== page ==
COME with me back to the days when most villages had their own shop and post office and many had their own police station too.

To today’s young people it would be a weird world where the internet did not exist, neither did mobile phones, the only takeaway was fish and chips and a run-in with the local copper was something you certainly remembered.

Thanks to the efforts of marvellous local retailers, who are obviously not out to get rich, and some community enterprises the village shop is still hanging on but the local police station is now a very endangered species, if not virtually extinct.

No longer does the village bobby cycle stoically down the lanes on his bike or even park up in his Panda car waiting to catch scrumpers in the fruit orchards.

Life has moved on and we are not necessarily the better for it.

A reminder of how things used to be comes in these images taken from a book called Worcestershire at Work (in old photographs) by local historian Ray Jones who lives in a village himself, Hallow, near Worcester, to be precise.

Ray is a local businessman and historian who was born in Worcester and went to the Royal Grammar School.

He has written and published many books about the city and has also carried out extensive research into both local history and the origins of Worcester porcelain.

But back to POs and policemen around 100 years ago.

Anyone running a village post office knows you have to be a bit inventive to make ends meet and that’s long been the case.

In the 1920s Kate Wall, who was the postmistress at Upper Sapey, decided to offer for sale postcards of her business in an effort to engender extra cash.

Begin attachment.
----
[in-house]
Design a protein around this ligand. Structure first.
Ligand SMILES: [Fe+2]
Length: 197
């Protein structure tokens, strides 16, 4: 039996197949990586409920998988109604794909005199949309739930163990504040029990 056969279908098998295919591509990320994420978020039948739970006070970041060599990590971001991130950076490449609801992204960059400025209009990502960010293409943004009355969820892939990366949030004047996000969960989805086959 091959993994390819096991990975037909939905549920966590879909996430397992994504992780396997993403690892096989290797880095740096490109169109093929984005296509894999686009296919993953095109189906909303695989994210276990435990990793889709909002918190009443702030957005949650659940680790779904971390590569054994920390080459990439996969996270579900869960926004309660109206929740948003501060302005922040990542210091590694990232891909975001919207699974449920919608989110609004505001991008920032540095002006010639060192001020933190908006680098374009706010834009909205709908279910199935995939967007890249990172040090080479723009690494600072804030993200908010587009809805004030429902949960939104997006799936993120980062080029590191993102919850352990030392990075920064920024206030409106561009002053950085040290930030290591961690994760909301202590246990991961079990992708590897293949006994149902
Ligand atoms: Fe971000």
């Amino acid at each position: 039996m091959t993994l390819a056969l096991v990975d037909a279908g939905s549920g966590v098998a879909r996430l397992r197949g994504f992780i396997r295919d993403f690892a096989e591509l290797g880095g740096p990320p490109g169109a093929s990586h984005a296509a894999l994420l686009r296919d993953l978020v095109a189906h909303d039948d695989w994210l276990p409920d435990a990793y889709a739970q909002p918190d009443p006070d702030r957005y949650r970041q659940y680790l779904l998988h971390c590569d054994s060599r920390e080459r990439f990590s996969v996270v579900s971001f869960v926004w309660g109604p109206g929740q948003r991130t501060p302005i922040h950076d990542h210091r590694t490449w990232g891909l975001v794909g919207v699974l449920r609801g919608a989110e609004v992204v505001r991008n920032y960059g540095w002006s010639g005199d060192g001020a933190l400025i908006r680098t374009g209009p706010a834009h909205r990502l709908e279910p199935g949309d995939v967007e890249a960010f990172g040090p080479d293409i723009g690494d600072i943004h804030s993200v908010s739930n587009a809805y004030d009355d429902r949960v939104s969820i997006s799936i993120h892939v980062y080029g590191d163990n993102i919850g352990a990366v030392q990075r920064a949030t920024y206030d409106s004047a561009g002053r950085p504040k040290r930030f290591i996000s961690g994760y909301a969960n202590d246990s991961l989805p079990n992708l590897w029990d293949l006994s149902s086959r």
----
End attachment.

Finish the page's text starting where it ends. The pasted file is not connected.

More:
Her customer base only consisted of 280 souls, all of whom presumably knew only too well what the village post office looked like, but a century later the photo has gained a fascination it didn’t hold then.

The same applies to the 1925 image of The Stores at Abberley, again a self-published effort by the proprietor George Billingham.

From 1912 comes a picture of Hanley Castle post office when William Tarling was the 'sub-postmaster and grocer' and also Cradley Stores, a particularly attractive property in the village in the lee of the Malvern Hills.

But most nostalgic of all must be the 1915 photograph of Welland police station.

To one side stands the village bobby with his bike.

In this case he appears to carry the stripes of a sergeant on his uniform and he is, as tradition has it, a very large man.

A size handy in an era when most rural coppers faced situations on their own, for there were no radios or phones to summon assistance.

While propped up against the front gate are recruiting posters for the Worcestershire Regiment calling local lads to enrol for the First World War.

Many did and many never saw their home village again.